Jade Jones retained her Olympic title in stunning fashion in Rio this morning and took coach Paul Green onto the mat to help celebrate her brilliant win over Spanish rival, Eva Calvo Gomez.
The London 2012 champion defeated her former nemesis 16-7, living upto her ‘Headhunter’ nickname in the final round with a brace of decisive and vital head shots.
Welsh wonder Jones’ victory in the Carioca 3 Arena took Team GB’s gold medal tally to 22.
The 23-year-old Manchester based star resisted the temptation to throw her protective helmet into the air as she did four years ago.
But within seconds of the dramatic -57kg final ending, Jones led Mancunian Green, himself a former Olympian, onto the mat to join in the crowd celebrations.
“I am still only 23 and to be double Olympic champion is crazy,” said an ecstatic defending champion. “I just can’t believe it.
“But I didn’t realise how much pressure I was going to be under.
“Before competitions I have been crying in sessions and you can’t see it happening because you are so stressed. But I did it when it mattered so I am buzzing.
“And it’s all down to him,” she smiled pointing at her coach.
Equally Happy Green added:”Jade delivers under pressure . She has done everything and is Britain’s most successful ever taekwondo athlete in history and probably ever will be. Her achievement is fantastic.”
Calvo Gomez started the final with a winning 5-3 head-to-head record though Jones had won the last two meetings including a 14-4 success at the World Grand Prix in Manchester last October.
Everyone of Calvo Gomez’s three previous Rio bouts were decided by a single point while Jones sailed through largely untroubled.
And two, three points shots in less than 10 seconds in the opening round put Jones in command. The Spaniard’s coach appealed unsuccessfully to have one of the hits erased but lost the video review decision.
Calvo Gomez, the former world number one, showed her mettle to hit back in the second round to cut her deficit to a single point going into the final two minutes.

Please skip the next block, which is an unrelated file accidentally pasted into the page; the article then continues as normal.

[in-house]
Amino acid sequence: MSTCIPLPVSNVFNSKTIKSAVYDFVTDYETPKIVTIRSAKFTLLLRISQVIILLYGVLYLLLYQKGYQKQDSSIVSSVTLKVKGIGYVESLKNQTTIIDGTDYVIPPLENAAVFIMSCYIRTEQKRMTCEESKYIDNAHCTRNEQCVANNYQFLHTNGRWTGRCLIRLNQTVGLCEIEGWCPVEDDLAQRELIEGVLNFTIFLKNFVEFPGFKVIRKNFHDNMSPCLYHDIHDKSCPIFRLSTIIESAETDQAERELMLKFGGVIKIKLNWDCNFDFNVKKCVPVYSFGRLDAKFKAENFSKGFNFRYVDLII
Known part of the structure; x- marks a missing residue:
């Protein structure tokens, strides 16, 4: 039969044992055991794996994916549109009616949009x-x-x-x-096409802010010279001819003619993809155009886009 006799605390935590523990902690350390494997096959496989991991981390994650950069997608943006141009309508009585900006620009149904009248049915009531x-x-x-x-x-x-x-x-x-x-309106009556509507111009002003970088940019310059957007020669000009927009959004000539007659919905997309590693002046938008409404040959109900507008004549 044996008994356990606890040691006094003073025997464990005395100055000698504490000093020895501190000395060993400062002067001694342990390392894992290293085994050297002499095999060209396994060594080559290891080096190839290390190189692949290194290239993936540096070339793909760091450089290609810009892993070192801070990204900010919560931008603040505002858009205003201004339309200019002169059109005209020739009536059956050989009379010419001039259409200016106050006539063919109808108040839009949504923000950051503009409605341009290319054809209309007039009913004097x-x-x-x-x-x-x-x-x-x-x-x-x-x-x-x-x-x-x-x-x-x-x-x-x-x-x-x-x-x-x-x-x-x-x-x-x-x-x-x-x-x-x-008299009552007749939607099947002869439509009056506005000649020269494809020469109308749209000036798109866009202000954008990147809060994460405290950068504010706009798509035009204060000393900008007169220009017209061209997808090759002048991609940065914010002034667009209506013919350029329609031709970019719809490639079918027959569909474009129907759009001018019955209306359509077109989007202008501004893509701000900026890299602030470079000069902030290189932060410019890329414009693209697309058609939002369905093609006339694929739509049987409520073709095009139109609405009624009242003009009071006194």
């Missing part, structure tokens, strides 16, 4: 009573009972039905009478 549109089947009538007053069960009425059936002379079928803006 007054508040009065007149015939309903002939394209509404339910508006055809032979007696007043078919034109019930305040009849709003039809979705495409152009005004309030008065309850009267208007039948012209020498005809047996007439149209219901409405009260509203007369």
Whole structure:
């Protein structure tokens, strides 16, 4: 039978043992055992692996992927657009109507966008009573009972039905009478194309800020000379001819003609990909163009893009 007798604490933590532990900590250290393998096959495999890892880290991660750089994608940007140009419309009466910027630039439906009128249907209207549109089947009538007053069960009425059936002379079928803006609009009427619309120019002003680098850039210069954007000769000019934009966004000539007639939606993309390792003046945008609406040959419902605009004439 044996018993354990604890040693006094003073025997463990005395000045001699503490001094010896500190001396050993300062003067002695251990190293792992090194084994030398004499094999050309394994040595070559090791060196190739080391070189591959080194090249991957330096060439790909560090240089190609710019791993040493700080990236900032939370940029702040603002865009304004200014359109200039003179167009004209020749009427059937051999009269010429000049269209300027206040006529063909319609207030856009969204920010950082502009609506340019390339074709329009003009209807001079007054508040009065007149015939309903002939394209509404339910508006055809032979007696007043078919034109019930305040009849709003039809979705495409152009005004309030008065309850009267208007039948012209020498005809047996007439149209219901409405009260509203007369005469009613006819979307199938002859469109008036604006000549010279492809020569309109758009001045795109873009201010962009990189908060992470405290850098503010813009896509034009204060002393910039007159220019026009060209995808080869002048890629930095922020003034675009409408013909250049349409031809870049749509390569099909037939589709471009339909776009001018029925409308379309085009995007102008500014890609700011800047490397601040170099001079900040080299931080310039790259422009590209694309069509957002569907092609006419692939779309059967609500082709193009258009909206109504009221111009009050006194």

The highlight for her was a three-point head hit with Jones’ only point coming from a penalty.
It threatened to be a nervy last round. Instead, Jones re-discovered the range she had in the first round and dominated all the way to the end.
“It was a mental thing to start with against her (Calvo Gomez). But having a rivalry is good because it keeps you hungry and training hard.
“I felt like I knew her game inside out and when I am not panicking I can see the shots better.”
Jones defeated another familiar opponent to reach her second successive Olympic final in Sweden’s Nikita Glasnovic.
The pair had contested the European final in Montreux back in May when Jones emerged an 11-5 winner.
The only drama of note came when Glasnovic caught Jones with a head shot to close from 4-1 down to trail only 4-3. After that minor scare the title holder recovered her composure to run out a 9-4 winner.
It had been plain sailing also earlier in the tournament including an opening 12-4 win over Moroccan Naima Bakhal. Jones set out her stall by notching a point within the first 10 seconds.
Next up was Belgium’s Raheleh Asemani, a former Iranian fighter with an intriguing back story.
Originally among the candidates considered by the International Olympic Committee for a team of refugee athletes, Asemani gained Belgian citizenship on April 13.
Jones knew she was in for a testing quarter-final but remained focused superbly to complete a 7-2 win. The rest is history!
“I know inside I’m the best but you can still lose so it’s such a scary feeling. You’ve trained for four years of your life, six hours a day, and when it pays off it just feels amazing.
“My family are all here so I’m going to stay a week in Rio and obviously cheer on the rest of the team and hopefully we’ll have a few more medals to come.”